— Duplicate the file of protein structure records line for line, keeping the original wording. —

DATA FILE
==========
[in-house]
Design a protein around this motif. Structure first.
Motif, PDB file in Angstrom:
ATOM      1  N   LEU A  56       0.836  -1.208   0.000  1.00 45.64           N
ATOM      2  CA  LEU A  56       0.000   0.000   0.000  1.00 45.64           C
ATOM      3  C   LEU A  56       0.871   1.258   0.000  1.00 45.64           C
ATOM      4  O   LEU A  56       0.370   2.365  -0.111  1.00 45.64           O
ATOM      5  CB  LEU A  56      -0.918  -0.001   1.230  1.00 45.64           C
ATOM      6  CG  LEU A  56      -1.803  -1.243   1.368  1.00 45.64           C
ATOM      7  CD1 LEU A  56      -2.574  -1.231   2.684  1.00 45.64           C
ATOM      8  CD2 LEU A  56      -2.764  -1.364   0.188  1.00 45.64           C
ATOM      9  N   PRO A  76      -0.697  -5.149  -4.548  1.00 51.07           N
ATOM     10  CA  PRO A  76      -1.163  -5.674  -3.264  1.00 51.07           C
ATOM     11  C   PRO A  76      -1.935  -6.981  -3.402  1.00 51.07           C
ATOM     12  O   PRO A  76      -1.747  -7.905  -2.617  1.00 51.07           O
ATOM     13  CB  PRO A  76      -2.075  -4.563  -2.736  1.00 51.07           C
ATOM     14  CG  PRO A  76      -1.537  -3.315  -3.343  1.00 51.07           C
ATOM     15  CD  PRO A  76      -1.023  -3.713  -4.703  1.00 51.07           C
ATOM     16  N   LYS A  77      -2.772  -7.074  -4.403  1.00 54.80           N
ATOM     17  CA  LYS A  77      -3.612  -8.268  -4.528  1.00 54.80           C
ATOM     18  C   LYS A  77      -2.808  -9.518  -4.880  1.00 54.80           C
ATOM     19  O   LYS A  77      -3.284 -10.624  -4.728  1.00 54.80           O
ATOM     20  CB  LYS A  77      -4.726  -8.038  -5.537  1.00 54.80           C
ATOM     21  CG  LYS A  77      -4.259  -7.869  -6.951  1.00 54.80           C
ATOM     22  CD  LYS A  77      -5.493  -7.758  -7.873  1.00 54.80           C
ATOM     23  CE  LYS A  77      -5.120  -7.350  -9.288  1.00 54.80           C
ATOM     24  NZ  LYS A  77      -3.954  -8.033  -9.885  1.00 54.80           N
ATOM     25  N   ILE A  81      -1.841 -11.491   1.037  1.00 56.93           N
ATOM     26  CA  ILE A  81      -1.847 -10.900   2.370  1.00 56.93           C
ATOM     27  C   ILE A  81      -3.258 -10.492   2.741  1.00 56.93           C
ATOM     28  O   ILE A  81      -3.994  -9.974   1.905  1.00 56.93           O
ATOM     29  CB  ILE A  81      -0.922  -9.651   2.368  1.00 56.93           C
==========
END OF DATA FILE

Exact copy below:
[in-house]
Design a protein around this motif. Structure first.
Motif, PDB file in Angstrom:
ATOM      1  N   LEU A  56       0.836  -1.208   0.000  1.00 45.64           N
ATOM      2  CA  LEU A  56       0.000   0.000   0.000  1.00 45.64           C
ATOM      3  C   LEU A  56       0.871   1.258   0.000  1.00 45.64           C
ATOM      4  O   LEU A  56       0.370   2.365  -0.111  1.00 45.64           O
ATOM      5  CB  LEU A  56      -0.918  -0.001   1.230  1.00 45.64           C
ATOM      6  CG  LEU A  56      -1.803  -1.243   1.368  1.00 45.64           C
ATOM      7  CD1 LEU A  56      -2.574  -1.231   2.684  1.00 45.64           C
ATOM      8  CD2 LEU A  56      -2.764  -1.364   0.188  1.00 45.64           C
ATOM      9  N   PRO A  76      -0.697  -5.149  -4.548  1.00 51.07           N
ATOM     10  CA  PRO A  76      -1.163  -5.674  -3.264  1.00 51.07           C
ATOM     11  C   PRO A  76      -1.935  -6.981  -3.402  1.00 51.07           C
ATOM     12  O   PRO A  76      -1.747  -7.905  -2.617  1.00 51.07           O
ATOM     13  CB  PRO A  76      -2.075  -4.563  -2.736  1.00 51.07           C
ATOM     14  CG  PRO A  76      -1.537  -3.315  -3.343  1.00 51.07           C
ATOM     15  CD  PRO A  76      -1.023  -3.713  -4.703  1.00 51.07           C
ATOM     16  N   LYS A  77      -2.772  -7.074  -4.403  1.00 54.80           N
ATOM     17  CA  LYS A  77      -3.612  -8.268  -4.528  1.00 54.80           C
ATOM     18  C   LYS A  77      -2.808  -9.518  -4.880  1.00 54.80           C
ATOM     19  O   LYS A  77      -3.284 -10.624  -4.728  1.00 54.80           O
ATOM     20  CB  LYS A  77      -4.726  -8.038  -5.537  1.00 54.80           C
ATOM     21  CG  LYS A  77      -4.259  -7.869  -6.951  1.00 54.80           C
ATOM     22  CD  LYS A  77      -5.493  -7.758  -7.873  1.00 54.80           C
ATOM     23  CE  LYS A  77      -5.120  -7.350  -9.288  1.00 54.80           C
ATOM     24  NZ  LYS A  77      -3.954  -8.033  -9.885  1.00 54.80           N
ATOM     25  N   ILE A  81      -1.841 -11.491   1.037  1.00 56.93           N
ATOM     26  CA  ILE A  81      -1.847 -10.900   2.370  1.00 56.93           C
ATOM     27  C   ILE A  81      -3.258 -10.492   2.741  1.00 56.93           C
ATOM     28  O   ILE A  81      -3.994  -9.974   1.905  1.00 56.93           O
ATOM     29  CB  ILE A  81      -0.922  -9.651   2.368  1.00 56.93           C